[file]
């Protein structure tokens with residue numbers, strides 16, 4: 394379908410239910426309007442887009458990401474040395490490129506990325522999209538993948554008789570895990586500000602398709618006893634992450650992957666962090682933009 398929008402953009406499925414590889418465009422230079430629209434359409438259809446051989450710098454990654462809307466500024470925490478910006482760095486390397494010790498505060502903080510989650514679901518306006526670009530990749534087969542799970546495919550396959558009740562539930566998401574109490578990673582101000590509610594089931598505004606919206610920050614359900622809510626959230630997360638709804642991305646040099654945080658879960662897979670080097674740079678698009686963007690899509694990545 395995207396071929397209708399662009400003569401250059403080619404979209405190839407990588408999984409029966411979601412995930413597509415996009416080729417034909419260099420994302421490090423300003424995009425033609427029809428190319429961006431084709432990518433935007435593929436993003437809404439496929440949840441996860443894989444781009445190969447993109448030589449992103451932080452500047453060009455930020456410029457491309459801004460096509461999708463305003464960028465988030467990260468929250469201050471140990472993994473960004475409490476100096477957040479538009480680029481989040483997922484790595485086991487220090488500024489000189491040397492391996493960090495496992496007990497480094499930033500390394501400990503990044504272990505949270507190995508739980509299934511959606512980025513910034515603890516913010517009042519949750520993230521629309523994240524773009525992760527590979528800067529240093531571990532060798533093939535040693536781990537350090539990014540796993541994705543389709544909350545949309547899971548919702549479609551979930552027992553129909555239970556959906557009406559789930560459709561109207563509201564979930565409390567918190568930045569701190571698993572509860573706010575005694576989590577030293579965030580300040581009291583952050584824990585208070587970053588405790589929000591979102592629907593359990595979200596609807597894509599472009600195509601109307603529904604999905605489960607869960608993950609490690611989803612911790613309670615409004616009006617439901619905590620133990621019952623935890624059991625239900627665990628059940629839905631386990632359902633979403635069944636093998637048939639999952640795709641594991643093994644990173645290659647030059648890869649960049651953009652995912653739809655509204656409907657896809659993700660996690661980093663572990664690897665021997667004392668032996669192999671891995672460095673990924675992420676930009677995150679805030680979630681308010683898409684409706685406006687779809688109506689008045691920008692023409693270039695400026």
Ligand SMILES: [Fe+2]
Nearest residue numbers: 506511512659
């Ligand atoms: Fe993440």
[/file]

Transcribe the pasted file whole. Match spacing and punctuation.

């Protein structure tokens with residue numbers, strides 16, 4: 394379908410239910426309007442887009458990401474040395490490129506990325522999209538993948554008789570895990586500000602398709618006893634992450650992957666962090682933009 398929008402953009406499925414590889418465009422230079430629209434359409438259809446051989450710098454990654462809307466500024470925490478910006482760095486390397494010790498505060502903080510989650514679901518306006526670009530990749534087969542799970546495919550396959558009740562539930566998401574109490578990673582101000590509610594089931598505004606919206610920050614359900622809510626959230630997360638709804642991305646040099654945080658879960662897979670080097674740079678698009686963007690899509694990545 395995207396071929397209708399662009400003569401250059403080619404979209405190839407990588408999984409029966411979601412995930413597509415996009416080729417034909419260099420994302421490090423300003424995009425033609427029809428190319429961006431084709432990518433935007435593929436993003437809404439496929440949840441996860443894989444781009445190969447993109448030589449992103451932080452500047453060009455930020456410029457491309459801004460096509461999708463305003464960028465988030467990260468929250469201050471140990472993994473960004475409490476100096477957040479538009480680029481989040483997922484790595485086991487220090488500024489000189491040397492391996493960090495496992496007990497480094499930033500390394501400990503990044504272990505949270507190995508739980509299934511959606512980025513910034515603890516913010517009042519949750520993230521629309523994240524773009525992760527590979528800067529240093531571990532060798533093939535040693536781990537350090539990014540796993541994705543389709544909350545949309547899971548919702549479609551979930552027992553129909555239970556959906557009406559789930560459709561109207563509201564979930565409390567918190568930045569701190571698993572509860573706010575005694576989590577030293579965030580300040581009291583952050584824990585208070587970053588405790589929000591979102592629907593359990595979200596609807597894509599472009600195509601109307603529904604999905605489960607869960608993950609490690611989803612911790613309670615409004616009006617439901619905590620133990621019952623935890624059991625239900627665990628059940629839905631386990632359902633979403635069944636093998637048939639999952640795709641594991643093994644990173645290659647030059648890869649960049651953009652995912653739809655509204656409907657896809659993700660996690661980093663572990664690897665021997667004392668032996669192999671891995672460095673990924675992420676930009677995150679805030680979630681308010683898409684409706685406006687779809688109506689008045691920008692023409693270039695400026």
Ligand SMILES: [Fe+2]
Nearest residue numbers: 506511512659
């Ligand atoms: Fe993440």